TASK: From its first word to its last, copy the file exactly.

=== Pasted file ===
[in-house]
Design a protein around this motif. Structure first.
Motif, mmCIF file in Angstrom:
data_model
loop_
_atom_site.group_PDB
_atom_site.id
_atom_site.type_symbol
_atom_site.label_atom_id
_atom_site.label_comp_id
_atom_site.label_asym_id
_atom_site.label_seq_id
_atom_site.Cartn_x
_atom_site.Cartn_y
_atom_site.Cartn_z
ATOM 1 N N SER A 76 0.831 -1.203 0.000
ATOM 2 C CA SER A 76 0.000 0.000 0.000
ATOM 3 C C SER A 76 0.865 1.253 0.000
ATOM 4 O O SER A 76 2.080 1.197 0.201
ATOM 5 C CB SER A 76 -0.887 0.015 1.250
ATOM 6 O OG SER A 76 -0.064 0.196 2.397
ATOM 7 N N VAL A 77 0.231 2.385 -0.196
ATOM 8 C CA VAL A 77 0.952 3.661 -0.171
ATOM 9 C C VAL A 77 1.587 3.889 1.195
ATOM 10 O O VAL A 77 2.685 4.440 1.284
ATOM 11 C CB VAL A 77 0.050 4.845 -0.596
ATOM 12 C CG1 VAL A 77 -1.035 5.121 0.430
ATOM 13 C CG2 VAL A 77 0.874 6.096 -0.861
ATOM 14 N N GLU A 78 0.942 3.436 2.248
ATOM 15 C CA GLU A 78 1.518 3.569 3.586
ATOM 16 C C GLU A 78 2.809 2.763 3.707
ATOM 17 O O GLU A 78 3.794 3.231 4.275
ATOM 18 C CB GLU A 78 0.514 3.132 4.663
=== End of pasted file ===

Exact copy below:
[in-house]
Design a protein around this motif. Structure first.
Motif, mmCIF file in Angstrom:
data_model
loop_
_atom_site.group_PDB
_atom_site.id
_atom_site.type_symbol
_atom_site.label_atom_id
_atom_site.label_comp_id
_atom_site.label_asym_id
_atom_site.label_seq_id
_atom_site.Cartn_x
_atom_site.Cartn_y
_atom_site.Cartn_z
ATOM 1 N N SER A 76 0.831 -1.203 0.000
ATOM 2 C CA SER A 76 0.000 0.000 0.000
ATOM 3 C C SER A 76 0.865 1.253 0.000
ATOM 4 O O SER A 76 2.080 1.197 0.201
ATOM 5 C CB SER A 76 -0.887 0.015 1.250
ATOM 6 O OG SER A 76 -0.064 0.196 2.397
ATOM 7 N N VAL A 77 0.231 2.385 -0.196
ATOM 8 C CA VAL A 77 0.952 3.661 -0.171
ATOM 9 C C VAL A 77 1.587 3.889 1.195
ATOM 10 O O VAL A 77 2.685 4.440 1.284
ATOM 11 C CB VAL A 77 0.050 4.845 -0.596
ATOM 12 C CG1 VAL A 77 -1.035 5.121 0.430
ATOM 13 C CG2 VAL A 77 0.874 6.096 -0.861
ATOM 14 N N GLU A 78 0.942 3.436 2.248
ATOM 15 C CA GLU A 78 1.518 3.569 3.586
ATOM 16 C C GLU A 78 2.809 2.763 3.707
ATOM 17 O O GLU A 78 3.794 3.231 4.275
ATOM 18 C CB GLU A 78 0.514 3.132 4.663